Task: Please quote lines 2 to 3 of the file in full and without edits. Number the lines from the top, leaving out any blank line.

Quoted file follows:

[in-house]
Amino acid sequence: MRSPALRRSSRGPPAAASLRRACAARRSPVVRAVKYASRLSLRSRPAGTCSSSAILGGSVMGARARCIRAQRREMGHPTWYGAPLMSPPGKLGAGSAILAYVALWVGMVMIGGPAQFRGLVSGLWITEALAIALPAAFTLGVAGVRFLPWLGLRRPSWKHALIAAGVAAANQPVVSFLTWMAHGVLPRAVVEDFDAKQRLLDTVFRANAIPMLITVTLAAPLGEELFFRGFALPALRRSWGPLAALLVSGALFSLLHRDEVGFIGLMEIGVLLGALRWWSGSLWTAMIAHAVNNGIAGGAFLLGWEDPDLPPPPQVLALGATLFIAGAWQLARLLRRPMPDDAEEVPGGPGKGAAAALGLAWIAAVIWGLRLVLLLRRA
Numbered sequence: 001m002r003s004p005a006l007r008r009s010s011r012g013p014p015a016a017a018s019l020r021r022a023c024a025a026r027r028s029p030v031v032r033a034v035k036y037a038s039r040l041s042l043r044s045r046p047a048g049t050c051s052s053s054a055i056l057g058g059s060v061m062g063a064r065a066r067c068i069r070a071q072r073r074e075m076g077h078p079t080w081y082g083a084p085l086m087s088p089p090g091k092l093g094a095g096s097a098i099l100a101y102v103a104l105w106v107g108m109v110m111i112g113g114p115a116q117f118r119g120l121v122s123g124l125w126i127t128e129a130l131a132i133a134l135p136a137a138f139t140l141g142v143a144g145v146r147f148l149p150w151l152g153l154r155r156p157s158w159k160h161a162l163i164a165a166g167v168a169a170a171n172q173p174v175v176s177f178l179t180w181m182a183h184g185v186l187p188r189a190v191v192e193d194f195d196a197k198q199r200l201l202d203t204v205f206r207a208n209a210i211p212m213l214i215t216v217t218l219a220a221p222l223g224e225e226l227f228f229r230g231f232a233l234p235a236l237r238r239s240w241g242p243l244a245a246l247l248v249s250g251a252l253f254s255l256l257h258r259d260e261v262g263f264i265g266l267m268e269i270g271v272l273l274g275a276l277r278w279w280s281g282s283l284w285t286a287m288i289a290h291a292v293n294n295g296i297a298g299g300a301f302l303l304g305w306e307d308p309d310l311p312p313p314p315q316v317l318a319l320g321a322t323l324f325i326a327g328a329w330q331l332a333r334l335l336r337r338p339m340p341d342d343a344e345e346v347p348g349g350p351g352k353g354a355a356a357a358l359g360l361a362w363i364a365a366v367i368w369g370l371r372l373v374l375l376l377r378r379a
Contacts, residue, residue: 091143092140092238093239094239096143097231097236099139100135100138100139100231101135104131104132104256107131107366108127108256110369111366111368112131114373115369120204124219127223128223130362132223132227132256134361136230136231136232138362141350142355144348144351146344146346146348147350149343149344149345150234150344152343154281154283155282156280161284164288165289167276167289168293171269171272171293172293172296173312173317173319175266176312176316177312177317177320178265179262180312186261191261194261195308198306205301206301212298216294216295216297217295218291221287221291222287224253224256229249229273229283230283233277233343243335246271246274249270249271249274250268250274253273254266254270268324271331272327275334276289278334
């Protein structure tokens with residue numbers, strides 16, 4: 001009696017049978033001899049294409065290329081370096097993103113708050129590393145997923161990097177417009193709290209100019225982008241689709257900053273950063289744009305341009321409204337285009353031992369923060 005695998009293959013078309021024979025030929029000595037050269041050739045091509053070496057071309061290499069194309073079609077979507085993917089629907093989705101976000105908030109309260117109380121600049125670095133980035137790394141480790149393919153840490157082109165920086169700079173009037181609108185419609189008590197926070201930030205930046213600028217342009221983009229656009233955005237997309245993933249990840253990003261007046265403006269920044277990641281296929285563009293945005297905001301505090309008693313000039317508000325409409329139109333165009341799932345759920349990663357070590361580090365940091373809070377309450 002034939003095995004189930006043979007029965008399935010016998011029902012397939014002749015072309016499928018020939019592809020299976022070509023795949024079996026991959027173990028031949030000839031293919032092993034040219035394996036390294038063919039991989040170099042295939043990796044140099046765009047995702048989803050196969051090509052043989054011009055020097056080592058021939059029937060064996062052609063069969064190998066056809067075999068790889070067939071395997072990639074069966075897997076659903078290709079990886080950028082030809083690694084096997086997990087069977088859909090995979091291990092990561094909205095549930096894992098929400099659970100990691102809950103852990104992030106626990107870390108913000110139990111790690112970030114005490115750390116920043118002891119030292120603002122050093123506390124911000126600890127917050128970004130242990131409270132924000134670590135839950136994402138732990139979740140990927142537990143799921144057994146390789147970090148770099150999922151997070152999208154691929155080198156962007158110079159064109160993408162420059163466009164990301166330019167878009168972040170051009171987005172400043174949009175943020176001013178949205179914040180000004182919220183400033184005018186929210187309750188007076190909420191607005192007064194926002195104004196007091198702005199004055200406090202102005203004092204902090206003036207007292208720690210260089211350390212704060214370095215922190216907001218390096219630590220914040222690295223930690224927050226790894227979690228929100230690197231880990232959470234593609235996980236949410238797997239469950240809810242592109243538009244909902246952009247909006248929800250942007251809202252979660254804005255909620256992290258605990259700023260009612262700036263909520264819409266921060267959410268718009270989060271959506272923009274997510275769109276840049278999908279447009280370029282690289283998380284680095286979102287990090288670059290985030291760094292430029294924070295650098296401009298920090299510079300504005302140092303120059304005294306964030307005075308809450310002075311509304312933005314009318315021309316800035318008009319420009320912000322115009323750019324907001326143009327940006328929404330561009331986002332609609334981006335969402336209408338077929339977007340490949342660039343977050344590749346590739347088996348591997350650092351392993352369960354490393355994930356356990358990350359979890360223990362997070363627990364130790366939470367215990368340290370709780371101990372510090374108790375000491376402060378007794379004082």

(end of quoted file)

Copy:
Amino acid sequence: MRSPALRRSSRGPPAAASLRRACAARRSPVVRAVKYASRLSLRSRPAGTCSSSAILGGSVMGARARCIRAQRREMGHPTWYGAPLMSPPGKLGAGSAILAYVALWVGMVMIGGPAQFRGLVSGLWITEALAIALPAAFTLGVAGVRFLPWLGLRRPSWKHALIAAGVAAANQPVVSFLTWMAHGVLPRAVVEDFDAKQRLLDTVFRANAIPMLITVTLAAPLGEELFFRGFALPALRRSWGPLAALLVSGALFSLLHRDEVGFIGLMEIGVLLGALRWWSGSLWTAMIAHAVNNGIAGGAFLLGWEDPDLPPPPQVLALGATLFIAGAWQLARLLRRPMPDDAEEVPGGPGKGAAAALGLAWIAAVIWGLRLVLLLRRA
Numbered sequence: 001m002r003s004p005a006l007r008r009s010s011r012g013p014p015a016a017a018s019l020r021r022a023c024a025a026r027r028s029p030v031v032r033a034v035k036y037a038s039r040l041s042l043r044s045r046p047a048g049t050c051s052s053s054a055i056l057g058g059s060v061m062g063a064r065a066r067c068i069r070a071q072r073r074e075m076g077h078p079t080w081y082g083a084p085l086m087s088p089p090g091k092l093g094a095g096s097a098i099l100a101y102v103a104l105w106v107g108m109v110m111i112g113g114p115a116q117f118r119g120l121v122s123g124l125w126i127t128e129a130l131a132i133a134l135p136a137a138f139t140l141g142v143a144g145v146r147f148l149p150w151l152g153l154r155r156p157s158w159k160h161a162l163i164a165a166g167v168a169a170a171n172q173p174v175v176s177f178l179t180w181m182a183h184g185v186l187p188r189a190v191v192e193d194f195d196a197k198q199r200l201l202d203t204v205f206r207a208n209a210i211p212m213l214i215t216v217t218l219a220a221p222l223g224e225e226l227f228f229r230g231f232a233l234p235a236l237r238r239s240w241g242p243l244a245a246l247l248v249s250g251a252l253f254s255l256l257h258r259d260e261v262g263f264i265g266l267m268e269i270g271v272l273l274g275a276l277r278w279w280s281g282s283l284w285t286a287m288i289a290h291a292v293n294n295g296i297a298g299g300a301f302l303l304g305w306e307d308p309d310l311p312p313p314p315q316v317l318a319l320g321a322t323l324f325i326a327g328a329w330q331l332a333r334l335l336r337r338p339m340p341d342d343a344e345e346v347p348g349g350p351g352k353g354a355a356a357a358l359g360l361a362w363i364a365a366v367i368w369g370l371r372l373v374l375l376l377r378r379a